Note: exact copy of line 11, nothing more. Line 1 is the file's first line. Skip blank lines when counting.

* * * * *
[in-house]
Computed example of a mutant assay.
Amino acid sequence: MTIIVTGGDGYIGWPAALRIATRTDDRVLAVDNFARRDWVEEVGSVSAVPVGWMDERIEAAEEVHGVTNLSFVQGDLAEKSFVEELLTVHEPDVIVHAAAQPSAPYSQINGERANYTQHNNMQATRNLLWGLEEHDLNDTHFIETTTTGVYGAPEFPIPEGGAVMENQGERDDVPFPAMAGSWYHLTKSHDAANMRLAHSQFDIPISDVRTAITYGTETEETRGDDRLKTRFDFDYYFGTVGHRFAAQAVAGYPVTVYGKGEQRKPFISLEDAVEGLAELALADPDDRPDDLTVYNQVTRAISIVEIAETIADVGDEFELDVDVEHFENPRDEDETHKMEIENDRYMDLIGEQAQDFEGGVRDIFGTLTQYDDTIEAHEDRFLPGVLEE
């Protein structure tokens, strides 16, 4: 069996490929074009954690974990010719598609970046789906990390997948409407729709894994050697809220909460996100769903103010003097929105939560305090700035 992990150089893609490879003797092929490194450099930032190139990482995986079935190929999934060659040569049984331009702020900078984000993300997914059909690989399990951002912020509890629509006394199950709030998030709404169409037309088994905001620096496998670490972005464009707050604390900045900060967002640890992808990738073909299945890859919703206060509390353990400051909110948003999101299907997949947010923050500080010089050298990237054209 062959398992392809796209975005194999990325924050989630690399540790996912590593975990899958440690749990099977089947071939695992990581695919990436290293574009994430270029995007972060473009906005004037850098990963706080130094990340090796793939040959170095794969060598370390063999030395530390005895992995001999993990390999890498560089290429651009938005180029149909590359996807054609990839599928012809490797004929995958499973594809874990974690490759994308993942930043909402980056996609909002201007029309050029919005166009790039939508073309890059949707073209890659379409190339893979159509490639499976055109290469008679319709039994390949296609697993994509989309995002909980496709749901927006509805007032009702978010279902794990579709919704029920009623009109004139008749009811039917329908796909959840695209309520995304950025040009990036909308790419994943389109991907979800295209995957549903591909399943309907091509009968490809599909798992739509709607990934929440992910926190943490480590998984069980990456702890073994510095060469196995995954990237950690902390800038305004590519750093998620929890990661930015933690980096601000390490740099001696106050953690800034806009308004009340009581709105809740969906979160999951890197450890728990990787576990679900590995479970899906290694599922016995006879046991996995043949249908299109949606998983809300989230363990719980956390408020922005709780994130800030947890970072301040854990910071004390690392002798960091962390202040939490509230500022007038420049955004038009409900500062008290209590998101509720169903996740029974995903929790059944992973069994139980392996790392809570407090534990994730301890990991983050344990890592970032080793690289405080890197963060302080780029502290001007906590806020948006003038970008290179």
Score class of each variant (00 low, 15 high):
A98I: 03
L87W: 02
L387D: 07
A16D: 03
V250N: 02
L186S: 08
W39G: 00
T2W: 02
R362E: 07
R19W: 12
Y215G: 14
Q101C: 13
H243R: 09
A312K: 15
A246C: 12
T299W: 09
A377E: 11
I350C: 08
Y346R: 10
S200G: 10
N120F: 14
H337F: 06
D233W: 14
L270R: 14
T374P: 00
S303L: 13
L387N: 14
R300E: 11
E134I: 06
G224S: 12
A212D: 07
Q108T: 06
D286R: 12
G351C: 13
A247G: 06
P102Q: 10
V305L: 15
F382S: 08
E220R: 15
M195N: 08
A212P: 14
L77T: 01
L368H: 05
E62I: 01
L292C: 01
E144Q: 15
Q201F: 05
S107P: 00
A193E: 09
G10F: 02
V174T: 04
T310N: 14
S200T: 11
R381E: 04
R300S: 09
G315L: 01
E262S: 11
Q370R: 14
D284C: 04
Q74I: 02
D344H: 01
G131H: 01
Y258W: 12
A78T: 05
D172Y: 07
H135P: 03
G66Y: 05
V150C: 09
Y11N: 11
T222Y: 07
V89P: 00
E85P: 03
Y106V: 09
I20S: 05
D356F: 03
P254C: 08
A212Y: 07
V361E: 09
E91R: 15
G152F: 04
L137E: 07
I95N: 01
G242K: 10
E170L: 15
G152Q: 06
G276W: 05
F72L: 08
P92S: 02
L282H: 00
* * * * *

L186S: 08